Joseph & Monobe




J. Joseph & R. J. Monobe

School of Education , University of Venda, Thohoyandou, SA


There is a lot of research going on in the School of Education, University of Venda. Bachelor of Education (B.Ed.) students have to submit a mini-dissertation as part of their degree; students registering for Master of Education (M.Ed.) by coursework also submit mini-dissertations. Some students do M.Ed. by dissertations only. Academic staff regularly present their research findings at national and international conferences and submit their papers to educational journals. The questions raised in this paper are: (a) how much of this research is relevant to raising the quality of life and (b) what effort is put into implementing the research findings to improve the standard of education which in turn reflect on the quality of life of our people. The researchers would like to demonstrate that though a number of relevant issues are researched and very practical solutions found to improve the educational system, little or no effort is made to apply the research findings to improve the quality of life. This paper tries to address the implementation aspect of research findings.


1.1 Historical and Geographical context

South African Universities fall into two categories : Historically Black Universities (HBUs) and Historically White Universities (HWUs). The University of Venda (UNIVEN), situated in the Northern Province of South Africa, falls under the former category and is the baby in the family of South African Universities. It was conceived in 1982 by the former Venda Homeland Government. Though born to satisfy the egos of the former rulers, it has grown rapidly and at present caters to 8000 students drawn from all corners of South Africa. . As one travels the length and breadth of the Northern Province, one comes across rural communities living in villages, many without basic amenities like water, surviving on subsistence farming or dependent on income from relatives working in the cities. It is therefore imperative that a university situated in an underdeveloped environment should help develop the quality of life of the community around it.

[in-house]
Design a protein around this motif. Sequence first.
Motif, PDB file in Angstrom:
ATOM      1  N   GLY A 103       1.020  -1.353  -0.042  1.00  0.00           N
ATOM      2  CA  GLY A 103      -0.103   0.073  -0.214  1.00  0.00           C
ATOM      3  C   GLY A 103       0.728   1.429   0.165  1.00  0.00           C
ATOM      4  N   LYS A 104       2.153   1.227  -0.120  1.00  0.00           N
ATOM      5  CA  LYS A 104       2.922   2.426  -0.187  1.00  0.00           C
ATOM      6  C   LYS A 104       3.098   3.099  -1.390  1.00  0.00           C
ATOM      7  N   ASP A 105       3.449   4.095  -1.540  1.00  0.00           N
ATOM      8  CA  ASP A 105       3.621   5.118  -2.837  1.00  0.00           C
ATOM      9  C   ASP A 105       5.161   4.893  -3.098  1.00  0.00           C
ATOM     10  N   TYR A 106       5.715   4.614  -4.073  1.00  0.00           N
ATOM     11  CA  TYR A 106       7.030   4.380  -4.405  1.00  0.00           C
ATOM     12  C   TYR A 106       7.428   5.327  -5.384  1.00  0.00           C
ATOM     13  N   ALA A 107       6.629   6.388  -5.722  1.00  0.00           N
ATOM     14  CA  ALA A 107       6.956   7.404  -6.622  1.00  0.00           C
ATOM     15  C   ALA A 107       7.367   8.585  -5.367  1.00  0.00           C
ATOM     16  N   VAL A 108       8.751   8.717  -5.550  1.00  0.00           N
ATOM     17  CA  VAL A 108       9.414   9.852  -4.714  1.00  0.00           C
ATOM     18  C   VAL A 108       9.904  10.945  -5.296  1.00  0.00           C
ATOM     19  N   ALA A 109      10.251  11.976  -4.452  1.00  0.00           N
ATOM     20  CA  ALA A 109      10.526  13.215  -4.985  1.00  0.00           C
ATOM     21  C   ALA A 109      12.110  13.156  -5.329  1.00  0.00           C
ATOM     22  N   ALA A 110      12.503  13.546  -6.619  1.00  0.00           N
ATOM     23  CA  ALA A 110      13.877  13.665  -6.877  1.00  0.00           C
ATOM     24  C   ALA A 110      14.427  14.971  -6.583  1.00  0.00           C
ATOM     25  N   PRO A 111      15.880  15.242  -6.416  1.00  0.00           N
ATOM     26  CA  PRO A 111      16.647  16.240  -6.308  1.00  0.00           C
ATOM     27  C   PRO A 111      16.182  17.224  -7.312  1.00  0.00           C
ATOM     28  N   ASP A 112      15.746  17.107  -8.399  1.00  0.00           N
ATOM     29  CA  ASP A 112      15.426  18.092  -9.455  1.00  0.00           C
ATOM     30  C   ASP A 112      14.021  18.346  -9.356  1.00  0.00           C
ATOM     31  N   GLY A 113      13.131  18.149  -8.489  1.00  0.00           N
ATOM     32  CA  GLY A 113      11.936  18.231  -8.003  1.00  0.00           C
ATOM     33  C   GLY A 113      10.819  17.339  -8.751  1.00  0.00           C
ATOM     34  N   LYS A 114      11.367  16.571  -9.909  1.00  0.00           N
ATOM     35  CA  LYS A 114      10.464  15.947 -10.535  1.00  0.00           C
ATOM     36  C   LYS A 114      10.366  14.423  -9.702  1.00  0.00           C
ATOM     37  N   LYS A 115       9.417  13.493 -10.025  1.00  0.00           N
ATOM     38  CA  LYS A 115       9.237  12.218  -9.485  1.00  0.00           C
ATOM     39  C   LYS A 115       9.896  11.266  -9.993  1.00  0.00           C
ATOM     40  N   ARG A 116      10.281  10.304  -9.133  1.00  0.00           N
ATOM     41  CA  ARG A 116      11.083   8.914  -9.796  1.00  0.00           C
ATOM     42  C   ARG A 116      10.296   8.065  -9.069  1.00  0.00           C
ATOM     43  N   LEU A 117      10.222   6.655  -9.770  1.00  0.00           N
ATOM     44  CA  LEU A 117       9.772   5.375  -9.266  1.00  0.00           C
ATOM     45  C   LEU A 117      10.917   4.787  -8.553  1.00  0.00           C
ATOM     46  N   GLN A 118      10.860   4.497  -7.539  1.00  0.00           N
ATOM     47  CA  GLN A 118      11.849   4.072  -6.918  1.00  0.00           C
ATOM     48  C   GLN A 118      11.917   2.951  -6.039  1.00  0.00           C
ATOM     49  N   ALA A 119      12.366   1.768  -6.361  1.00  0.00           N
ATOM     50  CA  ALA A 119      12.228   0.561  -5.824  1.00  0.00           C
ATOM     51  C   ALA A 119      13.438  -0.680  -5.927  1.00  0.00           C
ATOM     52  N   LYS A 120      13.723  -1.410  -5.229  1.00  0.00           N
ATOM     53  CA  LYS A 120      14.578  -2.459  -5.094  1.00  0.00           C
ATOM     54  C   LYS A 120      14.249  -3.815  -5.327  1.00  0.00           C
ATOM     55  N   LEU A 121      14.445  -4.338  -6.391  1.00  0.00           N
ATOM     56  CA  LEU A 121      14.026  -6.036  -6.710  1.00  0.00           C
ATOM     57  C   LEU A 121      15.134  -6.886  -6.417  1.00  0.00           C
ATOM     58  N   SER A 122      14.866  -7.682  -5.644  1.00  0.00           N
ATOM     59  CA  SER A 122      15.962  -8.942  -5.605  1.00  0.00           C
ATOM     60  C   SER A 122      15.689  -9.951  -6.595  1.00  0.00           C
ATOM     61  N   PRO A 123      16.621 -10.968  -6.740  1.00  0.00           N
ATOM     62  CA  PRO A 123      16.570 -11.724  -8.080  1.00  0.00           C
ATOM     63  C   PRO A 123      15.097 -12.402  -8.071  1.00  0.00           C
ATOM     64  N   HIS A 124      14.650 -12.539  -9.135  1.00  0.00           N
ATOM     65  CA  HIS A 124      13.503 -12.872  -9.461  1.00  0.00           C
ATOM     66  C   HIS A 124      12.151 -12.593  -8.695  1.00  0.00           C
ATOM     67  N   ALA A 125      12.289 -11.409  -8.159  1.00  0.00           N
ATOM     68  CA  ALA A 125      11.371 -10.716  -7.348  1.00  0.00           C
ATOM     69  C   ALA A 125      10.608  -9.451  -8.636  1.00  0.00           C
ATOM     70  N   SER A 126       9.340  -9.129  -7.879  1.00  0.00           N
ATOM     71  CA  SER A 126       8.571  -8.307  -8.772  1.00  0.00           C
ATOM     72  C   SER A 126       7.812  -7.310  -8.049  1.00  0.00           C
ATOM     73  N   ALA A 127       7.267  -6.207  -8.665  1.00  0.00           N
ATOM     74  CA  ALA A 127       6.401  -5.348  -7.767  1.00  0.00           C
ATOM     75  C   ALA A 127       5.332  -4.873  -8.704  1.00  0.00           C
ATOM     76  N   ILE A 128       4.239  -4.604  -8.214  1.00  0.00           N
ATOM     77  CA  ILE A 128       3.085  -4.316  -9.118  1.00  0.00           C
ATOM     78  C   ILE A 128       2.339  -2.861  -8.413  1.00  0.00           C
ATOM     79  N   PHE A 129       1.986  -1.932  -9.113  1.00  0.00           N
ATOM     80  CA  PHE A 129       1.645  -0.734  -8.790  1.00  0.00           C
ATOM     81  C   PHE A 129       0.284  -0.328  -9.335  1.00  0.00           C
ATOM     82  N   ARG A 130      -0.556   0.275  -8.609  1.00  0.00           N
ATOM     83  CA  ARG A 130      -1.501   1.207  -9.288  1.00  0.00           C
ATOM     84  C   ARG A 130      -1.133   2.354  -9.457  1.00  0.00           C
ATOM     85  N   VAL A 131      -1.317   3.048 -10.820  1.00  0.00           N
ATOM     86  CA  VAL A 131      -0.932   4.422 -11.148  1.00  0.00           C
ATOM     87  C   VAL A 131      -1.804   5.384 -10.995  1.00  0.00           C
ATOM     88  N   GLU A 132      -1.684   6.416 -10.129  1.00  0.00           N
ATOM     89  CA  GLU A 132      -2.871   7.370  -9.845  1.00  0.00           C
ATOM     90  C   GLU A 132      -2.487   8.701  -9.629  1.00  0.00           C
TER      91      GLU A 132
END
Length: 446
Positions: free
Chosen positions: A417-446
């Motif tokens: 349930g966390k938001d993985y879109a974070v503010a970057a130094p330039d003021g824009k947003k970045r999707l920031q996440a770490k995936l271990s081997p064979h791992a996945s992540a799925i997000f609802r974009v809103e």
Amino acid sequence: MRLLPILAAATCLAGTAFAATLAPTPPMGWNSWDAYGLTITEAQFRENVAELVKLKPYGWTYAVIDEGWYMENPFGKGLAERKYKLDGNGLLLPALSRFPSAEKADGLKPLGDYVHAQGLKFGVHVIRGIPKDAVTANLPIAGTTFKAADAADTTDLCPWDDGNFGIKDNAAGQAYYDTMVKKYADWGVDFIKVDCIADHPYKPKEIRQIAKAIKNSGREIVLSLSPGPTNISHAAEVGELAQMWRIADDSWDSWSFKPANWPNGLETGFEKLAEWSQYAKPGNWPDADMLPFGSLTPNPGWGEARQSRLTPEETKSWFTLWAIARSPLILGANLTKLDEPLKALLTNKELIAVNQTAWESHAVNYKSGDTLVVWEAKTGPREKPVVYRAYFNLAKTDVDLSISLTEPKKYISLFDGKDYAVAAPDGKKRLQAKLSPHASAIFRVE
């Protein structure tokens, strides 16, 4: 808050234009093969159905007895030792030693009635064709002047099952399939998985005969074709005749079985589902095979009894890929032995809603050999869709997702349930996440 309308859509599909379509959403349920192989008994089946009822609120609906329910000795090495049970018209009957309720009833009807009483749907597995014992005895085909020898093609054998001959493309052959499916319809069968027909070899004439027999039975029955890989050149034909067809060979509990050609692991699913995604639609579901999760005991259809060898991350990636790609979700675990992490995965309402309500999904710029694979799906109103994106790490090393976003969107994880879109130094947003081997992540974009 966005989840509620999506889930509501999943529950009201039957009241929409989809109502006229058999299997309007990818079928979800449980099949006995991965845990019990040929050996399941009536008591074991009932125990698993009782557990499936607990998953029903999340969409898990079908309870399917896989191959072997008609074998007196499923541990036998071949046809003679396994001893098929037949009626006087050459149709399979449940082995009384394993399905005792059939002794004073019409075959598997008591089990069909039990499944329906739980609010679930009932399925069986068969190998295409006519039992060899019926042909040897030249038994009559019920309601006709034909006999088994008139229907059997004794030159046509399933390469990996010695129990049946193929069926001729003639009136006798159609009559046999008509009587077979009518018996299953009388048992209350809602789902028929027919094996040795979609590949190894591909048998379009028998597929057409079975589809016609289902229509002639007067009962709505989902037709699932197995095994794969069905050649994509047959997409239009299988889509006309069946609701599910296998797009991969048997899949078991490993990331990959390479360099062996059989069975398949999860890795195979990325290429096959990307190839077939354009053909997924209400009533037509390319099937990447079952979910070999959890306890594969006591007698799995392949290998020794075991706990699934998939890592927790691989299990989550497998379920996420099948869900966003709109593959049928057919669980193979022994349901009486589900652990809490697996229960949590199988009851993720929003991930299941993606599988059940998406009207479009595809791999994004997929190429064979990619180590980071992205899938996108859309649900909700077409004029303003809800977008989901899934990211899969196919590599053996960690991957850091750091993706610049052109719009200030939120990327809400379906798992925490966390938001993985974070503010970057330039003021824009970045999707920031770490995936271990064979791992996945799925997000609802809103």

1.2 Quality of life

The expression ‘quality of life ‘ is nebulous. One cannot define it except in relative terms. In the context of underdeveloped countries, one could safely pin it down by stating that satisfaction of basic needs such as food, water, shelter and clothing constitute to some extent a measure of the quality of life. According to Khotseng (1992:92), a socially responsible university should have as its basic goal the organization of knowledge for action. It must relate its research to community problems and must strive to make research accessible to its external clients. He goes on to say that participation of the faculty at the university and the teachers at schools is important in bridging the gap between what goes on in the university and the community (1992).

Hence the absolute minimum in terms of ‘quality of life’ is when everyone has enough to eat, a roof over his/her head and the necessary clothing for protection from the vagaries of nature. The primary function of governments all over the world is to provide basic human rights to their citizens. Universities as educational agents of the government have a major role in this process. One way to achieve this is through research which is part and parcel of any university. For Dubbey (1991:8), a university is almost by definition an institute to provide high level of teaching and research and to do so in the context of national development, of nation building, and of leadership characterized by disciplined thinking, creativity and service to the community. Any university worth its salt needs to examine its performance in the light of these objectives.


2.1 Types of Research

For purposes of the current discussion, research will be divided into basic and applied.

2.2 Basic Research

The aim of basic research is to obtain the empirical data that can be used to formulate, expand or evaluate a theory. It seeks to widen the frontiers of knowledge without regard to practical application. Of course, the findings may eventually be applied to practical problems. Its major concern is the discovery of knowledge for the sake of knowledge. Its design is not hampered by considerations of the social usefulness of the findings (Ary, Jacobs, and Razavieh, 1990: 26-27). Mason and Bramble (1997: 20) say that the basic researcher studies phenomena in controlled settings for the purpose of understanding the relationships involved and to be able to make generalizations about these relationships that can form a theory.